It’s no wonder many rheumatologists and office managers are turning to mindfulness techniques in their clinics. Healthcare professionals are suffering from burnout at much higher rates than ever before, a problem that has only been exacerbated by the COVID-19 pandemic.
In fact, the National Academies of Medicine (NAM) reported in 2019 that burnout had reached critical levels, with up to 54% of nurses and physicians suffering from burnout. And since the pandemic, 50% of public health workers report symptoms of at least one mental health condition, such as anxiety, depression, and higher levels of post-traumatic stress disorder.
Burnout is at an all-time high across the globe and showing little sign of slowing down. So, what can be done to tamp down our overworked and overwhelmed minds?
Well, a review of 23 studies on the effects of Mindfulness-Based Stress Reduction (MBSR) found that eight weeks of mindfulness training reduced stress, psychological distress, depression, anxiety, emotional exhaustion and occupational stress. Conversely, MSBR training increased self-compassion, relaxation, sleep quality, and a feeling of personal accomplishment.
So, what does mindfulness training look like? In this post, we’re sharing six mindfulness techniques you can practice daily to reduce stress and increase contentment.
Six Mindfulness Techniques to Support Your Team
If you find the team members for your rheumatology practice are spread thin and stressed out, here are some mindfulness techniques that will help everyone reduce their stress levels.
The Pause and Breathe Technique
The simplicity of this MBSR method makes it easy to implement throughout the day. All you must do is:
- Pause: Stop what you’re doing and just be.
- Breathe: Really! Just breathe in and out normally.
- Notice: Your feet on the ground or your hands on your lap.
This mindfulness technique helps to pull you back into the present moment and escape your racing thoughts. The result is greater calm and focus. The best part is that you can practice this wherever you are as many times as you want throughout the day.
This technique drives you to focus on the natural breath, creating awareness around how your breath feels in the body and how your body is feeling.
The key to a successful mindful meditation session, whether it’s one minute or an hour long, is to be kind to yourself when your mind wanders. When you notice the mind has wandered, gently redirect it back to the breath.
Typically, this exercise is done in a seated position, but can be done lying down or moving around. Remember: stay present with the breath and come back to the sensation of your breath when becoming distracted.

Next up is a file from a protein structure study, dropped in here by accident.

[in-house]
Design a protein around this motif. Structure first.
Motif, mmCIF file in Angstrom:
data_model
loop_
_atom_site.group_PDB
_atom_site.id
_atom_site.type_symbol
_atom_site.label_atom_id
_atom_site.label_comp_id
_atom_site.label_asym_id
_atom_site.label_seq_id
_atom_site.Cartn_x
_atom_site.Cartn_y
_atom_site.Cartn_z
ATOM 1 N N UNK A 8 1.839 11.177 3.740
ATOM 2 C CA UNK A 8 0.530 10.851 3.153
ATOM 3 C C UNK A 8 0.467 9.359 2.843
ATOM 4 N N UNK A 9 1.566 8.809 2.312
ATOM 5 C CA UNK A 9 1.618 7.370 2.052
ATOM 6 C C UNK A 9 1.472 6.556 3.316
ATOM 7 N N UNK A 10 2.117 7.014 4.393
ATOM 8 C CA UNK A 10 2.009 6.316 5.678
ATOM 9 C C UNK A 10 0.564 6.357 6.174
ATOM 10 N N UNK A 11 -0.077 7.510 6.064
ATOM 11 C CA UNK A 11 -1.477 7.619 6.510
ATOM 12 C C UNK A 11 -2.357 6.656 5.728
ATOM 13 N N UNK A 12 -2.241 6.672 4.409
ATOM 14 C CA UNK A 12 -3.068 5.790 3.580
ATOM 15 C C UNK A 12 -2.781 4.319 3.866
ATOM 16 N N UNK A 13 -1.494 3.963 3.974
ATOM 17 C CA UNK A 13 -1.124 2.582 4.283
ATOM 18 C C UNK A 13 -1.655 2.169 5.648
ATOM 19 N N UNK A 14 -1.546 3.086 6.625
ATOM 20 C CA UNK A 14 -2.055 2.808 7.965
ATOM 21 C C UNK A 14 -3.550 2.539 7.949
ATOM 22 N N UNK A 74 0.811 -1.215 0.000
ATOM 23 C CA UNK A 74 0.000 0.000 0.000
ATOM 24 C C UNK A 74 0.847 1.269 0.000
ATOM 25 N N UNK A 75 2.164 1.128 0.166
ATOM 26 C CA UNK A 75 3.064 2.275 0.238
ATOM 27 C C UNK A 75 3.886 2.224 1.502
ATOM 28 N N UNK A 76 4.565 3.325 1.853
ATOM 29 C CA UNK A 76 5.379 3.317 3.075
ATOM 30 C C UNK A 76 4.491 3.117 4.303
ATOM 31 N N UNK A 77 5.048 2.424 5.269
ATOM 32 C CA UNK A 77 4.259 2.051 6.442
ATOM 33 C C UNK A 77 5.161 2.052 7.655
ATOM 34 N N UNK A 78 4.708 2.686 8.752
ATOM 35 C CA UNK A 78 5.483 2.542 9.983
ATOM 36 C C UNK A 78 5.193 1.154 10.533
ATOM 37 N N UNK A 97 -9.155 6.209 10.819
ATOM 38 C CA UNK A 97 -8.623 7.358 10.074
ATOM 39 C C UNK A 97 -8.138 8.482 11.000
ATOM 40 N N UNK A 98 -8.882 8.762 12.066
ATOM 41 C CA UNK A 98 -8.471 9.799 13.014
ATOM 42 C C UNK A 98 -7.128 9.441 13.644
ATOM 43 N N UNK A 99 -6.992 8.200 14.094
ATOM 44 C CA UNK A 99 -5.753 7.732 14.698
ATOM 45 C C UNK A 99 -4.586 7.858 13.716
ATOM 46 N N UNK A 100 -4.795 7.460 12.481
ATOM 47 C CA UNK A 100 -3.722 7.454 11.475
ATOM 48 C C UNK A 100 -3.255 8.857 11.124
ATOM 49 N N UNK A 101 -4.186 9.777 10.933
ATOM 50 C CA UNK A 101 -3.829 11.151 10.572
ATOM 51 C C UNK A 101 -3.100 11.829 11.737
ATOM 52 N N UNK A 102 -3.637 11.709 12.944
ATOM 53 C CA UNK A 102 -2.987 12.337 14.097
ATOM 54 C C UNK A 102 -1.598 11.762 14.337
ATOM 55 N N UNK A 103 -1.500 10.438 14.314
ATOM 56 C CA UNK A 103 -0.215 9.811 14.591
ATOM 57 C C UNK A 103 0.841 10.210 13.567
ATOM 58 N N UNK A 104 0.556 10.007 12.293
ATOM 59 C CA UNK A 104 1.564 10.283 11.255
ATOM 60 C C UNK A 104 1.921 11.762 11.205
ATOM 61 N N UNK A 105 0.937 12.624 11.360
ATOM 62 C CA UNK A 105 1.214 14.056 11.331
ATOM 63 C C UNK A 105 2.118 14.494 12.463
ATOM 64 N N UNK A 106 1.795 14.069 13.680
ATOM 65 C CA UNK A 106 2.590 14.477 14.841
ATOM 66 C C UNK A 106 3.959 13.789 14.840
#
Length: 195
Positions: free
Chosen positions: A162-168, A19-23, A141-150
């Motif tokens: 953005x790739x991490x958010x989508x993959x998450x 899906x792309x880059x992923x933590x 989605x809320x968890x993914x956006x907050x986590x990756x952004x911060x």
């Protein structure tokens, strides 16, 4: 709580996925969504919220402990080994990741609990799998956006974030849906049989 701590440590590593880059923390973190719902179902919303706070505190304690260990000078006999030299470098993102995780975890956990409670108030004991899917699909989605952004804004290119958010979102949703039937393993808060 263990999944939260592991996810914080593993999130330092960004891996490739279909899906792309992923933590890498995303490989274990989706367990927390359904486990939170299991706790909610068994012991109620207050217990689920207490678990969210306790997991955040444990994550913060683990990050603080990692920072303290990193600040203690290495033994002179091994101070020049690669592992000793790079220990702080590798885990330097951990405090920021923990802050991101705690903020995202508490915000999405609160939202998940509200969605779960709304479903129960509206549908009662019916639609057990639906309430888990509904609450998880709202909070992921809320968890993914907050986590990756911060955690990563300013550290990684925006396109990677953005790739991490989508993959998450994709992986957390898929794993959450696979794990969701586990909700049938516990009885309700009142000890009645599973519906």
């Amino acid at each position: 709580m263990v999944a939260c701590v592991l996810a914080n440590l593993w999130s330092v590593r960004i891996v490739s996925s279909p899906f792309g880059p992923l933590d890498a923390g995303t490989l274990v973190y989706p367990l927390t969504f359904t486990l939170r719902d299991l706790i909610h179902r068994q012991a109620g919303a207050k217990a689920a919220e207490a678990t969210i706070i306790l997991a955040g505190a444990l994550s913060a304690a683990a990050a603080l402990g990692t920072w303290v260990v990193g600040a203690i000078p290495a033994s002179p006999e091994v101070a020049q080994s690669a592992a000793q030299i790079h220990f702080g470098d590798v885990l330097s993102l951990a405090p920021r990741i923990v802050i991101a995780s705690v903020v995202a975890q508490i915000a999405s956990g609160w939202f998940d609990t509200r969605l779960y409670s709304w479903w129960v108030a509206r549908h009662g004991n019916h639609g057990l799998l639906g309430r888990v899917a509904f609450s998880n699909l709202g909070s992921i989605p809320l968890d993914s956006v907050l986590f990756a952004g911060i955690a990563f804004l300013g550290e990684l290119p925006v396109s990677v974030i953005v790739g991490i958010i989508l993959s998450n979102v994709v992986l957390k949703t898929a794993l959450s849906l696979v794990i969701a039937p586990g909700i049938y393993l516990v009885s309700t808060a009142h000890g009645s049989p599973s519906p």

Awareness of Thoughts and Feelings
This method is very direct and easy to do anywhere! Pay attention to the thoughts that arise and then watch them drift away, which is also known as noting.
Noting involves naming or labeling individual thoughts as they come up. For example, noting “stress” could help pull you out of your preoccupation with stress. You can apply this to anything that preoccupies your mind – worry, feelings, anxiety and more.
Grounding: Find Your Feet
Grounding is a fancy word for a method that is very simple. Whether seated or standing, bring awareness to your feet—their position on the floor, how your weight is balanced through them, and any sensations you notice.
This exercise helps connect your body with the present moment and bring your mind back to the here and now. It’s also particularly helpful when stress takes hold.
Give Everyday Tasks a Twist
Novel experiences help to ground us in the present moment. Think about the last time you traveled somewhere new or ate out at a new restaurant. You are likely to be more present because you’re outside of your routine.
You can do this with everyday tasks, too! Consider using your non-dominant hand when brushing your teeth, eating a meal or washing dishes. This allows you to pay attention to the activity rather than zoning out.
Do a Body Scan
Another excellent way to build awareness and become more present is to do a body scan. To do this, find a quiet place to lay down. Starting at the top of the head and scanning down, notice how the different parts of your body feel. It doesn’t matter whether the sensations are good or bad, you’re simply witnessing without judgement.
While this is an excellent way to reduce stress, it may be tough to find space or time to lay down while in the office. Instead, try this tactic before going to bed. A quick body scan helps to relax and prepare the body for a good night’s sleep.
Support Your Rheumatology Team with Mindfulness Techniques
If your practice has been extra busy, your team may be feeling burnt out with stress. By incorporating mindfulness techniques, they can quickly reduce their stress levels and become far more present while on the clock. From mediation to grounding and body scans to noting, mindfulness also improves sleep, boosts confidence, lowers blood pressure and can extend cognitive functioning.
Today’s the day. Share these mindfulness techniques with your team to create a healthier and more present clinic. Your patients will thank you.Tags: medical office management, medical offices, national organization of rheumatology managers, NORM, office management, office managers, summer vacations, tips for office managers Posted by